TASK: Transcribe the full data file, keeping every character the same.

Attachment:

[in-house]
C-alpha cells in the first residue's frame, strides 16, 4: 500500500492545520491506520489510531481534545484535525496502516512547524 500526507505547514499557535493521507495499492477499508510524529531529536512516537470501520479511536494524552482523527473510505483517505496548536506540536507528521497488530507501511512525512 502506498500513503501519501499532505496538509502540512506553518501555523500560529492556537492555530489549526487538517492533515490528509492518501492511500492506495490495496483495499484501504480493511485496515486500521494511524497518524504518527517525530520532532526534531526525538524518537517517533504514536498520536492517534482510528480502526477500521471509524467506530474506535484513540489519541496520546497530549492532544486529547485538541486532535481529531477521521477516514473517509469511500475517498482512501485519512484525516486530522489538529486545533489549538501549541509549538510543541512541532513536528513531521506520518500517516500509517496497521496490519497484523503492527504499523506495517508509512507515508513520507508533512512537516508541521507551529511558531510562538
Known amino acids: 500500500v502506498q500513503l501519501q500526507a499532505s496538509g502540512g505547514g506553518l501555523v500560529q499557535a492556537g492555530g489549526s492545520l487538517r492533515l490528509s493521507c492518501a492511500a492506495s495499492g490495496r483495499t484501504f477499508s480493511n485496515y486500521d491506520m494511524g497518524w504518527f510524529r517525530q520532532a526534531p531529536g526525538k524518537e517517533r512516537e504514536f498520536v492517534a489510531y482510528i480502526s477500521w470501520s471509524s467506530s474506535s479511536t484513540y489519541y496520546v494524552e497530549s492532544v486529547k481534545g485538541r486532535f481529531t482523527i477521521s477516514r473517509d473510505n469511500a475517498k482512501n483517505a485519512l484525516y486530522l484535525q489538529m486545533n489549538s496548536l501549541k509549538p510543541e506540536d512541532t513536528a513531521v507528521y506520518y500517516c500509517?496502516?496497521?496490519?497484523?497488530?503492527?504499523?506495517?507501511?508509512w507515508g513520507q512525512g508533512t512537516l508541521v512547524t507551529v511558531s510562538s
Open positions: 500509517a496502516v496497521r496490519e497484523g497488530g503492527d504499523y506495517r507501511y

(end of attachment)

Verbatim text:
[in-house]
C-alpha cells in the first residue's frame, strides 16, 4: 500500500492545520491506520489510531481534545484535525496502516512547524 500526507505547514499557535493521507495499492477499508510524529531529536512516537470501520479511536494524552482523527473510505483517505496548536506540536507528521497488530507501511512525512 502506498500513503501519501499532505496538509502540512506553518501555523500560529492556537492555530489549526487538517492533515490528509492518501492511500492506495490495496483495499484501504480493511485496515486500521494511524497518524504518527517525530520532532526534531526525538524518537517517533504514536498520536492517534482510528480502526477500521471509524467506530474506535484513540489519541496520546497530549492532544486529547485538541486532535481529531477521521477516514473517509469511500475517498482512501485519512484525516486530522489538529486545533489549538501549541509549538510543541512541532513536528513531521506520518500517516500509517496497521496490519497484523503492527504499523506495517508509512507515508513520507508533512512537516508541521507551529511558531510562538
Known amino acids: 500500500v502506498q500513503l501519501q500526507a499532505s496538509g502540512g505547514g506553518l501555523v500560529q499557535a492556537g492555530g489549526s492545520l487538517r492533515l490528509s493521507c492518501a492511500a492506495s495499492g490495496r483495499t484501504f477499508s480493511n485496515y486500521d491506520m494511524g497518524w504518527f510524529r517525530q520532532a526534531p531529536g526525538k524518537e517517533r512516537e504514536f498520536v492517534a489510531y482510528i480502526s477500521w470501520s471509524s467506530s474506535s479511536t484513540y489519541y496520546v494524552e497530549s492532544v486529547k481534545g485538541r486532535f481529531t482523527i477521521s477516514r473517509d473510505n469511500a475517498k482512501n483517505a485519512l484525516y486530522l484535525q489538529m486545533n489549538s496548536l501549541k509549538p510543541e506540536d512541532t513536528a513531521v507528521y506520518y500517516c500509517?496502516?496497521?496490519?497484523?497488530?503492527?504499523?506495517?507501511?508509512w507515508g513520507q512525512g508533512t512537516l508541521v512547524t507551529v511558531s510562538s
Open positions: 500509517a496502516v496497521r496490519e497484523g497488530g503492527d504499523y506495517r507501511y